inspection framework proposals.
Plans for a radical overhaul of the school inspection system have
published by the Office for Standards in Education and the Department
for Education and Skills today.
Three quarters of respondents to Ofsted's future of inspection
consultation document, published in February 2004, supported the
proposals for shorter, more frequent school inspections at less
notice. Ofsted received a total of 1,377 responses to consultation,
with 63% of responses coming from schools and 9% from parents.
Chief inspector of schools, David Bell, said:
'After 12 years of Ofsted inspections, millions of pupils have
benefited from improvements in the quality and standard of education
in our schools. It is now time to build on the progress achieved
over the last decade by moving to a lighter touch, but equally
rigorous inspection regime with school self-evaluation at its heart.'
The original proposals, part of the government's drive to modernise
the accountability of schools and to create a new, more professional
relationship with schools, outlined Ofsted's plans to introduce
shorter, sharper, inspections focused on helping schools improve
while reducing the burden of inspection, and ensuring that parents
benefit from more timely and relevant school reports.
During consultation, Ofsted sought views on its intention to:
* inspect schools at least every three years to ensure parents
benefit from more up-to-date information about the quality of
education received by their child
* significantly cut the length of inspections to reduce the burden on
* reduce the notification period ahead of inspection to the shortest
possible period to allow inspectors a 'warts-and-all' view of the
* assess the contribution of the school to the outcomes for children
and young people set out in Every Child Matters
The DfES and Ofsted, today published A New Relationship With Schools
highlighting updated proposals for the government's new relationship
with schools and the future of inspection. The report adds more
detail to the shape and outline of inspection following the results
of the public consultation. Key new features incorporated in the
proposed framework include:
* giving between two and five working days' notice before an
inspection to ensure reports give a real, unvarnished view of the
school. In exceptional cases, inspectors may turn up unannounced;
* using a clear four-point grading scale in reports, and simplifying
the approach to schools causing concern: keeping the current approach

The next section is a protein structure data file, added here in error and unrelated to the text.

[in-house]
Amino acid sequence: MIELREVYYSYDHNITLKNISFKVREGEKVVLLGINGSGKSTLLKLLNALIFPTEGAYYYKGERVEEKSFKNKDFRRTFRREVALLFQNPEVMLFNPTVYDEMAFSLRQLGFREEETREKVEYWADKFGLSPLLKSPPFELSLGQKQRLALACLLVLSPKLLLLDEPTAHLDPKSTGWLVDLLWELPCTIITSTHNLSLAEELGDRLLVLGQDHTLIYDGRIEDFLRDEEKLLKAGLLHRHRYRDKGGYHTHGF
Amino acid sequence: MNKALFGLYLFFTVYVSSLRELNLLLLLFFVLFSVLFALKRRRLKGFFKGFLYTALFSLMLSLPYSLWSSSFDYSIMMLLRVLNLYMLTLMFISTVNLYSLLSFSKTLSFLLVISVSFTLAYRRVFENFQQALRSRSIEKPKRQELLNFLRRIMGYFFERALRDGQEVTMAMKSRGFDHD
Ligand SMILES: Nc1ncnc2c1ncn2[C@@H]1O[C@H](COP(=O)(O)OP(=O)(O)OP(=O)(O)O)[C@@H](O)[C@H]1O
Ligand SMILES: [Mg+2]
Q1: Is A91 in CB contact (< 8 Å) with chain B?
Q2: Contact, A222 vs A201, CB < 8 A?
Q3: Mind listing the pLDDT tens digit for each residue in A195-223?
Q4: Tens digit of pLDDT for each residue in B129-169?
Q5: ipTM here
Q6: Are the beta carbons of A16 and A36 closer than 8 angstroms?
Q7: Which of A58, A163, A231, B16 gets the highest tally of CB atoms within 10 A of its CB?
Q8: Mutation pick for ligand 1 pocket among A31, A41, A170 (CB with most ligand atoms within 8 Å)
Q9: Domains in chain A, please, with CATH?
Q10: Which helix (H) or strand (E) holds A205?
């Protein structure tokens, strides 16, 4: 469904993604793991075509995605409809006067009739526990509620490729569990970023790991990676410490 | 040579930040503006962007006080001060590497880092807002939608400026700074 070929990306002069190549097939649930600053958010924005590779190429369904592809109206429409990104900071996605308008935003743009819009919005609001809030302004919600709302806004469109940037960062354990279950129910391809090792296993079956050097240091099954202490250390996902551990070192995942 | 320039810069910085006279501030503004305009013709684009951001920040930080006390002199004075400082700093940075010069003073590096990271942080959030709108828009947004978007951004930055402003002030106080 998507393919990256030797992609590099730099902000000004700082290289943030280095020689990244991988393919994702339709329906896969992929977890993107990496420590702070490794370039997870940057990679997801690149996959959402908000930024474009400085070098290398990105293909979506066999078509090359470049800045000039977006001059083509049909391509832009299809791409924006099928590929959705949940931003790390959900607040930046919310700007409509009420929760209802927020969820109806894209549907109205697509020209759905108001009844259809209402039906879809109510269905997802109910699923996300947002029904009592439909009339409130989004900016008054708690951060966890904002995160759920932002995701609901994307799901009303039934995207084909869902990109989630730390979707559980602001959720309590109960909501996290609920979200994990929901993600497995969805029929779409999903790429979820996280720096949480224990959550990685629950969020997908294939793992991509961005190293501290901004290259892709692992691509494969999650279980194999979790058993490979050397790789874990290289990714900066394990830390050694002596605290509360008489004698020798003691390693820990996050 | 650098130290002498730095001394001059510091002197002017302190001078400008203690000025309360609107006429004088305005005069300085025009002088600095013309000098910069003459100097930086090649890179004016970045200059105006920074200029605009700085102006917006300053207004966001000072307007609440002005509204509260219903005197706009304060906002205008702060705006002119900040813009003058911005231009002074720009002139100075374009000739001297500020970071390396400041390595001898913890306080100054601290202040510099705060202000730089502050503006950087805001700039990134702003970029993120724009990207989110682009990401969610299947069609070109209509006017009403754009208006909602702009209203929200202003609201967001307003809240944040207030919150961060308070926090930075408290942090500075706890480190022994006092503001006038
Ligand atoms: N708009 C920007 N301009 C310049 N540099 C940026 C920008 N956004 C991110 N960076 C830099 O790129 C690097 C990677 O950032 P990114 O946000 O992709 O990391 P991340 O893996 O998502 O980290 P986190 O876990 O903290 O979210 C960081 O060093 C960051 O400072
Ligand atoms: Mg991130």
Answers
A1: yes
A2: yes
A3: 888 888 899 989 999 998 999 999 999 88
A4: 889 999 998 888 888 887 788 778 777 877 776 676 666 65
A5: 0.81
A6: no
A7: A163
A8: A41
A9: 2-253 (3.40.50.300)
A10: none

to schools that need special measures but introducing a new
improvement notice for other schools where there are weaknesses;
* a greater emphasis on school self-evaluation. The focus of a school
inspection will be driven by the strengths and weaknesses identified
by a school in its self-evaluation form which will replace the four
short forms that schools are currently required to complete prior to
* the publication of inspection reports to schools within three weeks
of inspection, compared to four to five months at present;
* Her Majesty's Inspectors playing a role in all school inspections;
* the inspection of curriculum areas via a rolling program of
'subject-focused studies' with a full report on each subject every
two to three years. For each study a sample of schools will be
selected to reflect sector, size, phase and different geographical
Today's report also highlights Ofsted's plans to ensure parental
involvement in the school inspection process. Early pilot
inspections are trialling methods including web page forums and
inviting parents to write to inspectors at the school.
Ofsted is conducting a number of pilot inspections in 14 local
education authorities to test the proposals in the future of
inspection consultation document. One headteacher of a pilot school
'The inspection was a positive experience for us. We welcomed the
team's openness in sharing the initial notes and in meeting regularly
with the senior management team to discuss findings and clarify
'The team's methodology involved us as partners in the inspection
process to a greater extent than before. We felt that our
professional assessments (as expressed in the self-evaluation form
and during the inspection) were understood and respected.
'Even though the inspection was shorter, it was rigorous and clearly
focused and the team's observations were perceptive and informative.
The feedback was stimulating and has already improved work on
developments to move the school forward.'
Pilots will continue over the summer and early autumn before Ofsted
launches a further consultation on the details of the inspection
process. Subject to parliamentary approval, new inspections could
start from September 2005.
Mr Bell added:
'Information about schools has become more sophisticated over recent
years. It is time that the school inspection system evolves to
reflect this. Today's proposals will help reduce the burden on
schools whilst ensuring that parents benefit from more frequent
information about the quality and standard of education provided by
schools. I am confident that our new plans for inspection will be a
force for improvement in our schools.'
Speechby David Bell at the launch of A New Relationship with Schools